That trend is especially alarming because previous research suggests that people who drink to cope — as opposed to doing so for pleasure — have a higher risk of developing an alcohol-use disorder, which is the inability to stop or control drinking even when it causes harm. Alcohol can be calming in the short term: It slows activity in the amygdala, the area of the brain that readies the body's "fight or flight" response to real or imagined stress by increasing heart rate and blood pressure and amplifying our awareness of threatening stimuli. But over time, alcohol's dampening effect on the amygdala decreases, while the region itself becomes "hyperactive in between bouts of drinking," according to Aaron White, a senior scientific adviser at the N.I.A.A.A. Achieving the same level of relief requires drinking more, and more often.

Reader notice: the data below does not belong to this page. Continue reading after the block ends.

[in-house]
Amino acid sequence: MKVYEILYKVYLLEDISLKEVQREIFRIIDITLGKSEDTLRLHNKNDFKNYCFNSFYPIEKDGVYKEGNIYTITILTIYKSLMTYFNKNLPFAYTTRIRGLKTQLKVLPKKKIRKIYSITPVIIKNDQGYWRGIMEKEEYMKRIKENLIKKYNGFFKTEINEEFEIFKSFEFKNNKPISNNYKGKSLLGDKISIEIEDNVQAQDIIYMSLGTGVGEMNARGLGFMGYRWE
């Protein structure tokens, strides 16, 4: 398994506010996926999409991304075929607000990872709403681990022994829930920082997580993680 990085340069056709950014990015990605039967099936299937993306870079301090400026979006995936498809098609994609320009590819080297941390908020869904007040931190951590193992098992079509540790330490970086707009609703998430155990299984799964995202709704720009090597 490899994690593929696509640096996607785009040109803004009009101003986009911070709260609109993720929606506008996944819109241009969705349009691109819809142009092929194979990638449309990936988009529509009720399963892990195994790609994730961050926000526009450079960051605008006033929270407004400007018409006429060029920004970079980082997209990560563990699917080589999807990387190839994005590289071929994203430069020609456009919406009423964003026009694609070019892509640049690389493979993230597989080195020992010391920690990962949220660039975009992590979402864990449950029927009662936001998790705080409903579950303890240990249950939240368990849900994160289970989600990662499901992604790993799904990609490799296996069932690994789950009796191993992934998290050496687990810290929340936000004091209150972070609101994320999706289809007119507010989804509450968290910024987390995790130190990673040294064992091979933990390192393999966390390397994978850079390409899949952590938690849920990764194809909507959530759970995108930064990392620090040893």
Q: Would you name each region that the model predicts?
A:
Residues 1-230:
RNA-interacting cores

There are already indications that groups feeling the most pandemic-related stress are seeing greater increases in alcohol consumption. A survey of 12,000 physicians, for instance, found that more than 40 percent were experiencing burnout, very likely amplified by the pandemic, and of those, more than a quarter were drinking to deal with it. And though pre-pandemic research showed that parents were less likely than people without children to engage in risky levels of alcohol consumption, parents appear to be among those drinking more now — especially if their children are engaged in remote schooling.